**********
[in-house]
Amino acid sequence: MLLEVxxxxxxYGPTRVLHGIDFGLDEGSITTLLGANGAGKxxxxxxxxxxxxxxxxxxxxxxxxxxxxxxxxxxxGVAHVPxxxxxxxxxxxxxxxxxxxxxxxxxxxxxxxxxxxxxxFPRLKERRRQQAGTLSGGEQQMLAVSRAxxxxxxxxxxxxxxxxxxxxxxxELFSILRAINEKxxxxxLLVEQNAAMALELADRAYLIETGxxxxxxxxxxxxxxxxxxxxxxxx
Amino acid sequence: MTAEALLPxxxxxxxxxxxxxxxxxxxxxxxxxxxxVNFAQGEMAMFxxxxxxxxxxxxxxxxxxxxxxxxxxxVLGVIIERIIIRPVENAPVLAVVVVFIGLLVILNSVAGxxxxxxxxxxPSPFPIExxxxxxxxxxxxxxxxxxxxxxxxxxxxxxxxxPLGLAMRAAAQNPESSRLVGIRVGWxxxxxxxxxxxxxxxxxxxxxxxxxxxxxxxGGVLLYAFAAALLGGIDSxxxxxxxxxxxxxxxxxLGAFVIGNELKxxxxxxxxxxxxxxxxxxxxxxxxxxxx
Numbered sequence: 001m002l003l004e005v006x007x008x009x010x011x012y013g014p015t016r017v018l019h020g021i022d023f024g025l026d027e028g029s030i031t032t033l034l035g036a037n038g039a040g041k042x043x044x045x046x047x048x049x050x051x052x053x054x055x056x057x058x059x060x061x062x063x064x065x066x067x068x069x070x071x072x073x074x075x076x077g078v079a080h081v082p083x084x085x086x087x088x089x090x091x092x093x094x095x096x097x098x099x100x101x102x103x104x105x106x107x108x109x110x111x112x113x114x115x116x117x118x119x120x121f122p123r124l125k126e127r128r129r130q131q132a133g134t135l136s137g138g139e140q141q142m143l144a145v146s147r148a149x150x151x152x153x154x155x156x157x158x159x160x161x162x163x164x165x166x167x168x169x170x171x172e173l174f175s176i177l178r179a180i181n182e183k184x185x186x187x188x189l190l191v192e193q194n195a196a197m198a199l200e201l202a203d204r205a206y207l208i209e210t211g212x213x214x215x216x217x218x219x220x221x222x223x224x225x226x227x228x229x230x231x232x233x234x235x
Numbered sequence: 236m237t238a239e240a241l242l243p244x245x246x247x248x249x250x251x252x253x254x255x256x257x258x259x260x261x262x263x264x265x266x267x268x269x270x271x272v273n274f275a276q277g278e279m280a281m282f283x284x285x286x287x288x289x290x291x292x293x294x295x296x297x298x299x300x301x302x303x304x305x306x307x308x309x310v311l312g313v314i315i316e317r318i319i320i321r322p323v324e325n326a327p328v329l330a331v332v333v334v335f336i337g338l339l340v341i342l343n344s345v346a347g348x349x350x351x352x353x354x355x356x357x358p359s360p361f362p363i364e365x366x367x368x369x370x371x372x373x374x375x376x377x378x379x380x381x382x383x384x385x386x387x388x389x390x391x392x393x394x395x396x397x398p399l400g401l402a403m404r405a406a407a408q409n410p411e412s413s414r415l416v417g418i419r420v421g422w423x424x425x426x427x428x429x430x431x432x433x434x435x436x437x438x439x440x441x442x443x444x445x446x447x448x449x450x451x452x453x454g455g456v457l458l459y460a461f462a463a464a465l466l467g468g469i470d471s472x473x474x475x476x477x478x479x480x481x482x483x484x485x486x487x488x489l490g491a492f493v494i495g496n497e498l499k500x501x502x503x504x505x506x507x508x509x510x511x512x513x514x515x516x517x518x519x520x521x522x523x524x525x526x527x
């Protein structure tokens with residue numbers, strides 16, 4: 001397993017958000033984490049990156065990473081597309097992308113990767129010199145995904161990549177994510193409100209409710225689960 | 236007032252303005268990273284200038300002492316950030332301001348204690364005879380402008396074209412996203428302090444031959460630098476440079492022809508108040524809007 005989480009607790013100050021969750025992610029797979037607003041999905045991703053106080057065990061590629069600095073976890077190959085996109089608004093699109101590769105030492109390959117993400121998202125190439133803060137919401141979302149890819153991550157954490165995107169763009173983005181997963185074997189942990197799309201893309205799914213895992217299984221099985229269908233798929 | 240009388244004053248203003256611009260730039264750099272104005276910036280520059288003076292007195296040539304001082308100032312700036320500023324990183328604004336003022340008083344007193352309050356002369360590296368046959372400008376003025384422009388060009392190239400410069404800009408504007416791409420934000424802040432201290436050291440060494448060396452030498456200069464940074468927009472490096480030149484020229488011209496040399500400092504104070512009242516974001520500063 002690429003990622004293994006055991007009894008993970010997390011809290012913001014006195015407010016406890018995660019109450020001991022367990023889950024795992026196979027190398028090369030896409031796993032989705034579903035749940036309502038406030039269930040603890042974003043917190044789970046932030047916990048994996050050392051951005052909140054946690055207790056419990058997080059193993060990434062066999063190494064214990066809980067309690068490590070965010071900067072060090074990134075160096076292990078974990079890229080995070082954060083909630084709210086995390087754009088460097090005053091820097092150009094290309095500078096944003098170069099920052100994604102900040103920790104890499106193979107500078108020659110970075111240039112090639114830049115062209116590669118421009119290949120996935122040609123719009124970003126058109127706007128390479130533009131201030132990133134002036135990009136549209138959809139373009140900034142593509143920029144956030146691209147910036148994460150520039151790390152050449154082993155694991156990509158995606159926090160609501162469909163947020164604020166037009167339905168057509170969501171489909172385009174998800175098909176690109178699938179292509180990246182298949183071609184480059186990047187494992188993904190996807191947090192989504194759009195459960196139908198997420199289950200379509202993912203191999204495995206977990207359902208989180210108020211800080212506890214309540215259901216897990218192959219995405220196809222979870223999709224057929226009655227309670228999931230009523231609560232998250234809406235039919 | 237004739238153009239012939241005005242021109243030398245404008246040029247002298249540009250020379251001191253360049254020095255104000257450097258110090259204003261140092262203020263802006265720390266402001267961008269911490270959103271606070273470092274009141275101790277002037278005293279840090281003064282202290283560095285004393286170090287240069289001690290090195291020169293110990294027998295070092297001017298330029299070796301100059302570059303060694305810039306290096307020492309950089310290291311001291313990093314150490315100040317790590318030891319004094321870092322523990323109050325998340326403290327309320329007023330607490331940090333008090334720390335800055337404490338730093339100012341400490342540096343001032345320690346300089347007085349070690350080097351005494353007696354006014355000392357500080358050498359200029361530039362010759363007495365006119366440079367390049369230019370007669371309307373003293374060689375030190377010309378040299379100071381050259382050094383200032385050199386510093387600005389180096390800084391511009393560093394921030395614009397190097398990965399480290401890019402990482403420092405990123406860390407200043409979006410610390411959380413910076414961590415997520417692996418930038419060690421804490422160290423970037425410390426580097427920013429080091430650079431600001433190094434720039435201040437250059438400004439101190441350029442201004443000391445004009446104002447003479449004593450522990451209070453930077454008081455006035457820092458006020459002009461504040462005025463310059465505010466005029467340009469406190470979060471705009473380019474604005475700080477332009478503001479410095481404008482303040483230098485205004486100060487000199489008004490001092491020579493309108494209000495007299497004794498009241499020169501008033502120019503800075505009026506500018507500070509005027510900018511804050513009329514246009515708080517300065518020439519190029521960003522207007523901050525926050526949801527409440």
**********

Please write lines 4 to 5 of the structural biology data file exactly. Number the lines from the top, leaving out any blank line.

Numbered sequence: 001m002l003l004e005v006x007x008x009x010x011x012y013g014p015t016r017v018l019h020g021i022d023f024g025l026d027e028g029s030i031t032t033l034l035g036a037n038g039a040g041k042x043x044x045x046x047x048x049x050x051x052x053x054x055x056x057x058x059x060x061x062x063x064x065x066x067x068x069x070x071x072x073x074x075x076x077g078v079a080h081v082p083x084x085x086x087x088x089x090x091x092x093x094x095x096x097x098x099x100x101x102x103x104x105x106x107x108x109x110x111x112x113x114x115x116x117x118x119x120x121f122p123r124l125k126e127r128r129r130q131q132a133g134t135l136s137g138g139e140q141q142m143l144a145v146s147r148a149x150x151x152x153x154x155x156x157x158x159x160x161x162x163x164x165x166x167x168x169x170x171x172e173l174f175s176i177l178r179a180i181n182e183k184x185x186x187x188x189l190l191v192e193q194n195a196a197m198a199l200e201l202a203d204r205a206y207l208i209e210t211g212x213x214x215x216x217x218x219x220x221x222x223x224x225x226x227x228x229x230x231x232x233x234x235x
Numbered sequence: 236m237t238a239e240a241l242l243p244x245x246x247x248x249x250x251x252x253x254x255x256x257x258x259x260x261x262x263x264x265x266x267x268x269x270x271x272v273n274f275a276q277g278e279m280a281m282f283x284x285x286x287x288x289x290x291x292x293x294x295x296x297x298x299x300x301x302x303x304x305x306x307x308x309x310v311l312g313v314i315i316e317r318i319i320i321r322p323v324e325n326a327p328v329l330a331v332v333v334v335f336i337g338l339l340v341i342l343n344s345v346a347g348x349x350x351x352x353x354x355x356x357x358p359s360p361f362p363i364e365x366x367x368x369x370x371x372x373x374x375x376x377x378x379x380x381x382x383x384x385x386x387x388x389x390x391x392x393x394x395x396x397x398p399l400g401l402a403m404r405a406a407a408q409n410p411e412s413s414r415l416v417g418i419r420v421g422w423x424x425x426x427x428x429x430x431x432x433x434x435x436x437x438x439x440x441x442x443x444x445x446x447x448x449x450x451x452x453x454g455g456v457l458l459y460a461f462a463a464a465l466l467g468g469i470d471s472x473x474x475x476x477x478x479x480x481x482x483x484x485x486x487x488x489l490g491a492f493v494i495g496n497e498l499k500x501x502x503x504x505x506x507x508x509x510x511x512x513x514x515x516x517x518x519x520x521x522x523x524x525x526x527x